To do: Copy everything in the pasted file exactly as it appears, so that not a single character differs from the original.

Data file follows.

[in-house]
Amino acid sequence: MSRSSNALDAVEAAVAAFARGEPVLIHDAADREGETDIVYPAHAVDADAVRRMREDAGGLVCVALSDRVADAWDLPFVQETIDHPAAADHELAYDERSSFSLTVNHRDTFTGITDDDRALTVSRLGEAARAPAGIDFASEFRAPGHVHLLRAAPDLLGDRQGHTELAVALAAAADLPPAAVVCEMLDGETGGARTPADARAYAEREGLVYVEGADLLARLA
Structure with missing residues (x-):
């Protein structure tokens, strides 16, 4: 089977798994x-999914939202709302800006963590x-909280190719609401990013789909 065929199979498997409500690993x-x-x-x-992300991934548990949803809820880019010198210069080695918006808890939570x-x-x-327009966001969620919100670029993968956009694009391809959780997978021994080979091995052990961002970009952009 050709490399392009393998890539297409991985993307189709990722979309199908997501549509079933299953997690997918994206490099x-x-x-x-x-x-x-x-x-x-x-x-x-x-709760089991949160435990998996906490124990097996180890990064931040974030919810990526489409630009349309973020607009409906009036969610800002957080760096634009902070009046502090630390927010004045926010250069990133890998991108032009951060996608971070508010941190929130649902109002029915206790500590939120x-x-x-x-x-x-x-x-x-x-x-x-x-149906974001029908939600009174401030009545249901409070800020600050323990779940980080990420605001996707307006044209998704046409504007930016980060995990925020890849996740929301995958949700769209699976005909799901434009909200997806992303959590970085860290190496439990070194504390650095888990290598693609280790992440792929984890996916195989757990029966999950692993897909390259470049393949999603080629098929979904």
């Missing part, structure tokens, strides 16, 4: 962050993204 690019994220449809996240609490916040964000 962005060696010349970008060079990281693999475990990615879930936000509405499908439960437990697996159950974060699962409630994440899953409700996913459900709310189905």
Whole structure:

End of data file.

[in-house]
Amino acid sequence: MSRSSNALDAVEAAVAAFARGEPVLIHDAADREGETDIVYPAHAVDADAVRRMREDAGGLVCVALSDRVADAWDLPFVQETIDHPAAADHELAYDERSSFSLTVNHRDTFTGITDDDRALTVSRLGEAARAPAGIDFASEFRAPGHVHLLRAAPDLLGDRQGHTELAVALAAAADLPPAAVVCEMLDGETGGARTPADARAYAEREGLVYVEGADLLARLA
Structure with missing residues (x-):
């Protein structure tokens, strides 16, 4: 089977798994x-999914939202709302800006963590x-909280190719609401990013789909 065929199979498997409500690993x-x-x-x-992300991934548990949803809820880019010198210069080695918006808890939570x-x-x-327009966001969620919100670029993968956009694009391809959780997978021994080979091995052990961002970009952009 050709490399392009393998890539297409991985993307189709990722979309199908997501549509079933299953997690997918994206490099x-x-x-x-x-x-x-x-x-x-x-x-x-x-709760089991949160435990998996906490124990097996180890990064931040974030919810990526489409630009349309973020607009409906009036969610800002957080760096634009902070009046502090630390927010004045926010250069990133890998991108032009951060996608971070508010941190929130649902109002029915206790500590939120x-x-x-x-x-x-x-x-x-x-x-x-x-149906974001029908939600009174401030009545249901409070800020600050323990779940980080990420605001996707307006044209998704046409504007930016980060995990925020890849996740929301995958949700769209699976005909799901434009909200997806992303959590970085860290190496439990070194504390650095888990290598693609280790992440792929984890996916195989757990029966999950692993897909390259470049393949999603080629098929979904």
């Missing part, structure tokens, strides 16, 4: 962050993204 690019994220449809996240609490916040964000 962005060696010349970008060079990281693999475990990615879930936000509405499908439960437990697996159950974060699962409630994440899953409700996913459900709310189905």
Whole structure: